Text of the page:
Aoun-Berri dispute arouses sectarian differences
The fragility of the sectarian balance that makes up the Lebanese political system was exposed in the dispute between President Michel Aoun and Speaker Nabih Berri.
At issue is a seemingly routine exercise: a decree that gives retroactive seniority to a group of army officers. This time, however, the decree aroused dormant sectarian and political differences that called into question the validity of the 1989 power-sharing Taif Agreement, which ended Lebanon’s 15-year civil war.
The agreement stripped the president, by tradition a Maronite Christian, of many of his powers and allocated them to a council of ministers. All presidential decrees became subject to the endorsement of the prime minister, by tradition a Muslim Sunni, and the ministers concerned. Consequently, decrees that involved financial burdens needed the approval of the minister of finance. The minister of finance in the current cabinet is Shia, belonging to the parliamentary bloc of the speaker, by tradition a Shia.
The decree concerning the army officers was endorsed by the prime minister and the minister of defence but it did not carry the signature of the minister of finance, prompting Berri to object. Aoun insisted the decree was a routine army affair and did not involve any expenditure and thus did not need the endorsement of the minister of finance. He cited several occasions in which similar decrees had been issued without the sanction of the minister of finance.
Berri was not convinced and when Aoun suggested that the dispute be referred to the judiciary, Berri responded: “Only the weak go to the judiciary.”
The Shura Council, a consultative body that rules on legal quarrels within the state bureaucracy, decided in a non-binding resolution in favour of the president.
The dispute was taken to new heights when religious leaders on both sides entered the fray. Senior Shia clerics demanded that the Ministry of Finance be permanently allocated to a Shia, which would effectively give the Shias veto power over almost any decree issued by the president. This prompted the Maronite cardinal to openly support the president and to reject the demands of the Shia clerics on grounds that such a demand is contrary to the Taif Agreement.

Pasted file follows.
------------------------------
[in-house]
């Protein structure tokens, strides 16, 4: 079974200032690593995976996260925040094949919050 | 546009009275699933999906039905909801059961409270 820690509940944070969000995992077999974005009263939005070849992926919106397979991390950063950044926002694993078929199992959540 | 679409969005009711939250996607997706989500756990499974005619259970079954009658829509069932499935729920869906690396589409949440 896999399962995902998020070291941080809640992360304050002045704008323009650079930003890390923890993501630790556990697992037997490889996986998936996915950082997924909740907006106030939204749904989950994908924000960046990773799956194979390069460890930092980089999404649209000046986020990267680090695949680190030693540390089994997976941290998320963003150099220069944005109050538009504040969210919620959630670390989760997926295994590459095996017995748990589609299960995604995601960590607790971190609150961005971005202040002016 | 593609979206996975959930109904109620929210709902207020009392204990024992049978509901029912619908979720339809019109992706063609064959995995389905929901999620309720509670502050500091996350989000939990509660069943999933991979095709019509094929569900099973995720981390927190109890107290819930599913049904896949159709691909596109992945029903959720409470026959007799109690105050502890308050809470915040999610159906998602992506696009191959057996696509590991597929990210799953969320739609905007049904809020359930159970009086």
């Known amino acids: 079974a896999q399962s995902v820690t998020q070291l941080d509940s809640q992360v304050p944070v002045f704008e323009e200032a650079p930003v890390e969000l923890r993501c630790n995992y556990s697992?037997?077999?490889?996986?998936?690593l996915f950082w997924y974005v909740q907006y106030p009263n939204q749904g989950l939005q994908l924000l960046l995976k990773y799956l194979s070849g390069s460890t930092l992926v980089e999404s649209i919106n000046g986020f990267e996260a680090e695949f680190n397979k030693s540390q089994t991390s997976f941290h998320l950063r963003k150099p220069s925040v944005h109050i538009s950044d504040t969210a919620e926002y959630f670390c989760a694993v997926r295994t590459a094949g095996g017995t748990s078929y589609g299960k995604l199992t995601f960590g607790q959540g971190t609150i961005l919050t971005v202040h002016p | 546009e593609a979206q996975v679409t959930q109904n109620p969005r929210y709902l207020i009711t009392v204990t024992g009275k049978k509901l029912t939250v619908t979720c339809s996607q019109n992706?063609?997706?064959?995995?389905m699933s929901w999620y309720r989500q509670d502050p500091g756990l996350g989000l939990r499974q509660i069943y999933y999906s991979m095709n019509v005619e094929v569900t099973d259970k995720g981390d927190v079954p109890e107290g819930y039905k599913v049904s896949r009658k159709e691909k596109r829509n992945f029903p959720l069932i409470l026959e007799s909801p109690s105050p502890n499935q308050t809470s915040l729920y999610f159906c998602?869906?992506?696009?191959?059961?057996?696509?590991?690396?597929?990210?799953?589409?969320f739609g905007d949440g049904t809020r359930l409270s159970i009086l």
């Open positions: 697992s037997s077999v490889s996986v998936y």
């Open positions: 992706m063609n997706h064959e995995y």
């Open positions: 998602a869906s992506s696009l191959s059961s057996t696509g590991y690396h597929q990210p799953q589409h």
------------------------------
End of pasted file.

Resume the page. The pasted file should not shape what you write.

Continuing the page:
The technical and sectarian layers of the dispute camouflage a fierce political rivalry between Aoun and Berri.
During his presidential campaign, Aoun offered himself as the strong leader who would restore the powers of the president to the pre-Taif Agreement period. Berri, on the other hand, has been the speaker for more than 25 years, during which he established for himself a strong power base among the Shias and gained immense influence within the machinery of the state.
Berri viewed Aoun’s ambition as a threat to his authority and was determined to block him. Berri opposed Aoun’s candidacy for the presidency and has been in conflict with him ever since.
The Ministry of Finance is crucial for Berri because he can use it to exert pressure on the government. This was demonstrated recently in a row with Prime Minister Saad Hariri. Hariri appointed as chief to one of the security services a Shia who was not a follower of Berri. When the prime minister rebuffed Berri’s objections, the latter instructed the minister of finance to withhold all funds to the security services.
Still, Hariri tried to remain neutral in the dispute between Aoun and Berri by declaring no opinion, even though he signed the disputed decree. Similarly, Hezbollah, which is allied to both sides, did not openly support either party while it subtly tilted towards Berri.
Moreover, the attitude of Hariri and Aoun aroused suspicions among Hezbollah and Berri of a covert alliance between the Sunnis and Maronites at the expense of the Shia in parliamentary elections scheduled for May 6. Until then, it appears there will be no end to the dispute between the president and the speaker.